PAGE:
Purple grain

Siam Organic is helping to tackle Thai poverty while also jumping on the superfood bandwagon with a new breed of richly coloured rice that it claims is the healthiest in the world

Cristyn Lloyd
April 25, 2018
Purple grain
The Siam Organic team pose in a rice field with local farmers

Siam Organic claims to have created the world’s healthiest rice. The Thai social enterprise hopes that its unassuming, dark purple grain known as Jasberry rice can take the Southeast Asian staple to new heights. With its soft consistency and delicious taste, both of which belie its 100% wholegrain roots, Jasberry rice is also helping to transform the lives of small-scale farmers across Thailand’s countryside, according to the organisation.

“Our [Thai] farmers are among the lowest-earning in the world, even below Vietnam [or] Burma, which is an amazing kind of statistic,” says Siam Organic co-founder Neil Dejkraisak. “The idea was very simple. We had two missions for the company: one was to alleviate the problems of small-scale farmers’ poverty and the second was to create healthy and delicious organic products for the global consumer.”

The high costs of production and low yields in Thailand are the result of a lack of government educational initiatives, which has led to farming malpractices and the heavy-handed influence of major food conglomerates, according to Dejkraisak. With dependence on chemicals damaging soil over time, productivity has remained low.

Siam Organic co-founder Neil Dejkraisak shows off purple Jasberry rice grains

The organisation started out working with 25 farmers in 2011, but that number has now shot up to 1,800, with the expectation of reaching 2,500 next year. After helping farmers switch to organic farming and their new breed of rice, Siam Organic says its farmers’ income has skyrocketed to an average of 14 times higher than a regular farmer, with an added yield of about 20% compared to jasmine rice, the next-best alternative. And the organisation’s community-based approach means that farmers can retain ownership of their land. “We basically manage the entire value chain without actually owning anything apart from the trademark of the product,” says Dejkraisak.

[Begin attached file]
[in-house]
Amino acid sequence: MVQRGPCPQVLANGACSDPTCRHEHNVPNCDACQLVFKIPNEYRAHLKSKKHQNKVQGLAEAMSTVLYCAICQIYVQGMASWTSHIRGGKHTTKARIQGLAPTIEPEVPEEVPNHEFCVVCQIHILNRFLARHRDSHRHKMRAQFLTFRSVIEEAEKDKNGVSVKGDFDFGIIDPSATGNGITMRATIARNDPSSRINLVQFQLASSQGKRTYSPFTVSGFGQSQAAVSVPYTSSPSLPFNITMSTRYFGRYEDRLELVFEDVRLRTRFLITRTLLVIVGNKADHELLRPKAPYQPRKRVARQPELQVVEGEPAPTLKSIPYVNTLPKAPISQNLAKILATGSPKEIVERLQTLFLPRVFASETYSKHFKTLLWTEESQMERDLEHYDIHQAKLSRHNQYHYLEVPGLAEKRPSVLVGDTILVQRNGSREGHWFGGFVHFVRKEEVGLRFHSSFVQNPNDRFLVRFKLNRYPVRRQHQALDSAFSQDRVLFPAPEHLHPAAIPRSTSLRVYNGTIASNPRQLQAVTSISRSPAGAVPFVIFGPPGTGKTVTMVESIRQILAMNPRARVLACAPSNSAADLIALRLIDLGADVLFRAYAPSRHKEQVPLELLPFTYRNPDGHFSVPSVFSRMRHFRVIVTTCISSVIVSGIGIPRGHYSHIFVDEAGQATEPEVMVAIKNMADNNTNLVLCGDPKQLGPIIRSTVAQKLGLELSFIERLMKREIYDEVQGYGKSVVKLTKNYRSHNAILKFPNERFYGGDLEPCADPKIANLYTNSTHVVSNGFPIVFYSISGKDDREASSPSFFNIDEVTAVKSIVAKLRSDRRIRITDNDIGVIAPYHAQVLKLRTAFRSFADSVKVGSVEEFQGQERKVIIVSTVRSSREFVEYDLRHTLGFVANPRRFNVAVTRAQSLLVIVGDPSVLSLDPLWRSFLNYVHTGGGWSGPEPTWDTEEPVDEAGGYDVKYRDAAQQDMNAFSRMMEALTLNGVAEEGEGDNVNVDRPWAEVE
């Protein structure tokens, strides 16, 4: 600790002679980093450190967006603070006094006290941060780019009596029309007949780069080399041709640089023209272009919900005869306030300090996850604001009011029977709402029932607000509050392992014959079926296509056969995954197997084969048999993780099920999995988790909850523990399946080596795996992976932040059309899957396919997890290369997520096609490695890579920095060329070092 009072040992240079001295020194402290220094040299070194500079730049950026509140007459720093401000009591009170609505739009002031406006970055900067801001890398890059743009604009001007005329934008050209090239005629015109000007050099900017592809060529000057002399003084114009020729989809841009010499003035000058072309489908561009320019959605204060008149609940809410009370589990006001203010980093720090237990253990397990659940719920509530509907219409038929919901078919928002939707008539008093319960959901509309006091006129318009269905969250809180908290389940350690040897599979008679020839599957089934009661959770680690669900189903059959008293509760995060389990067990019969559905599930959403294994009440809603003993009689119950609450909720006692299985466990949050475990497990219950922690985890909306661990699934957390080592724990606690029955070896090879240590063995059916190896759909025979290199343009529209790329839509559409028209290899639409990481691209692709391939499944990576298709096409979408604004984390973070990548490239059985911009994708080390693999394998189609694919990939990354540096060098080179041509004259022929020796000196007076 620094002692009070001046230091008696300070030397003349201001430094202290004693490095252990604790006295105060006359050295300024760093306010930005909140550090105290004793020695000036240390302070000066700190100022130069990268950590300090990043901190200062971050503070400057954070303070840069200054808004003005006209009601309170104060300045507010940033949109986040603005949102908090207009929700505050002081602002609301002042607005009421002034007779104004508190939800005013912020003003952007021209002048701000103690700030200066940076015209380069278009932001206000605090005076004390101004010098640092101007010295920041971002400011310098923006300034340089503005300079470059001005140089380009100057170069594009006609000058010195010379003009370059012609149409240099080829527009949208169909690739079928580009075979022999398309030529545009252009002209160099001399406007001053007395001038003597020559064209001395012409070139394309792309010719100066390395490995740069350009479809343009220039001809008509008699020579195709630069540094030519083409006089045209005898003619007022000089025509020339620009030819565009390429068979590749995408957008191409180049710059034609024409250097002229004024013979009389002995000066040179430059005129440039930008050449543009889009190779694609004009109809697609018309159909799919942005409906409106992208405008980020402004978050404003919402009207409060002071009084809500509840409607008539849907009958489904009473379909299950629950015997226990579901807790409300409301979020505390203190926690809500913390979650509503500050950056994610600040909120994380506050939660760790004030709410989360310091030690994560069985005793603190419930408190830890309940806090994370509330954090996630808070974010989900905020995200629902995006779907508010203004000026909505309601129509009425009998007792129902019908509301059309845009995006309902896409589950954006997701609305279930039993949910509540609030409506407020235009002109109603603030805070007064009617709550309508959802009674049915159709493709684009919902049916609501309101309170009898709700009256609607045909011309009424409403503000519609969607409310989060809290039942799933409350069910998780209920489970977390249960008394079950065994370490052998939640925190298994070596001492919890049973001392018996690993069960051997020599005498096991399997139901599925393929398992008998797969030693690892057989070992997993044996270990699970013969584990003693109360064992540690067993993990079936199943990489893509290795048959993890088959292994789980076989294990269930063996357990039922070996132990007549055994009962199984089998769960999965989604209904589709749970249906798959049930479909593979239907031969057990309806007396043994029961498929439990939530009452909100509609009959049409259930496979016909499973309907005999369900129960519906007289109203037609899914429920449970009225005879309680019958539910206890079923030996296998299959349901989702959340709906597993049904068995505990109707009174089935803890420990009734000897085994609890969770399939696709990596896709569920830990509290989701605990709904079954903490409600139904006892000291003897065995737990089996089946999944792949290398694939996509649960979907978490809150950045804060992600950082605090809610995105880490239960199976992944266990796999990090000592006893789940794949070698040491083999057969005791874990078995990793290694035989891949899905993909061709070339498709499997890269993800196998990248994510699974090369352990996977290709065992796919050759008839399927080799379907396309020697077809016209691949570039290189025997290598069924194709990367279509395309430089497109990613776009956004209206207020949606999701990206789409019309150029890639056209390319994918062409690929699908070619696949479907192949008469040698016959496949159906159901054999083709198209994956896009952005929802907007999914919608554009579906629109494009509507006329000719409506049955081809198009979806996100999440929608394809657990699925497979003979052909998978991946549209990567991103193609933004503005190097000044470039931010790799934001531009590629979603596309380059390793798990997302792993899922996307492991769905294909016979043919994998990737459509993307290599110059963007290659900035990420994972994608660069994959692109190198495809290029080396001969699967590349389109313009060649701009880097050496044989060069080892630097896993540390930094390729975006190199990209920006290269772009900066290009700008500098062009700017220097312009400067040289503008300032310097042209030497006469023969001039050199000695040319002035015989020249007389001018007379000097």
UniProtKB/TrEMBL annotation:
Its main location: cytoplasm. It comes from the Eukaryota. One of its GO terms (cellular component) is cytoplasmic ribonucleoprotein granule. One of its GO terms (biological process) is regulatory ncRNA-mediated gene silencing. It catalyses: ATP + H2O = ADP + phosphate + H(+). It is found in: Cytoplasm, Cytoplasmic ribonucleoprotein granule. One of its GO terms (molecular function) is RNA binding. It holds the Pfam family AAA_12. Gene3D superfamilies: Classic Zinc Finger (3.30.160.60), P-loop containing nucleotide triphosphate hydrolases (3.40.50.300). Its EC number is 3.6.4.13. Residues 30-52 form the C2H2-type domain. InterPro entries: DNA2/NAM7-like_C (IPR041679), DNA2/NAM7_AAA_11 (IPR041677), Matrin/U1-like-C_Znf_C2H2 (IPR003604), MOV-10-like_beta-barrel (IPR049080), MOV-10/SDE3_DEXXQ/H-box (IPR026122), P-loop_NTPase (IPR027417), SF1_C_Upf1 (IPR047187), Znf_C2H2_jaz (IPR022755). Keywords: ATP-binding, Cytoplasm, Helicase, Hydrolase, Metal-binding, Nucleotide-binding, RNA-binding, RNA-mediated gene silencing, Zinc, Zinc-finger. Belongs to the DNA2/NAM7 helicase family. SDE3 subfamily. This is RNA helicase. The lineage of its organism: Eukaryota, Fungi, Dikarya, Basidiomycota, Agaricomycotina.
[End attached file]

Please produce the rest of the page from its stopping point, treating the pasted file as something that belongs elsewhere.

Produced through natural crossbreeding with the help of rice scientists, Jasberry rice’s high level of antioxidants, measured through the Orac value, sets it apart from other varieties. “Jasberry rice has [an Orac value of] about 13,000, which is about three times higher than blueberries, which is already considered a very high antioxidant food in itself,” says Dejkraisak. “To put it in perspective, brown rice would have an Orac value of maybe 800.”

With big ambitions to partner with major international food outlets and see their product reach as far as the US, the team are still wary that while Western consumers may be willing to pay a higher price for their product, they still need to promote the social value of the project to retailers. “As we grow bigger we have to find a way to bring the costs down without affecting the farmers,” says Dejkraisak. “The big supermarkets of the world, they don’t care… What we’re hoping will change a lot over the next couple of years is the mentality of doing business.”

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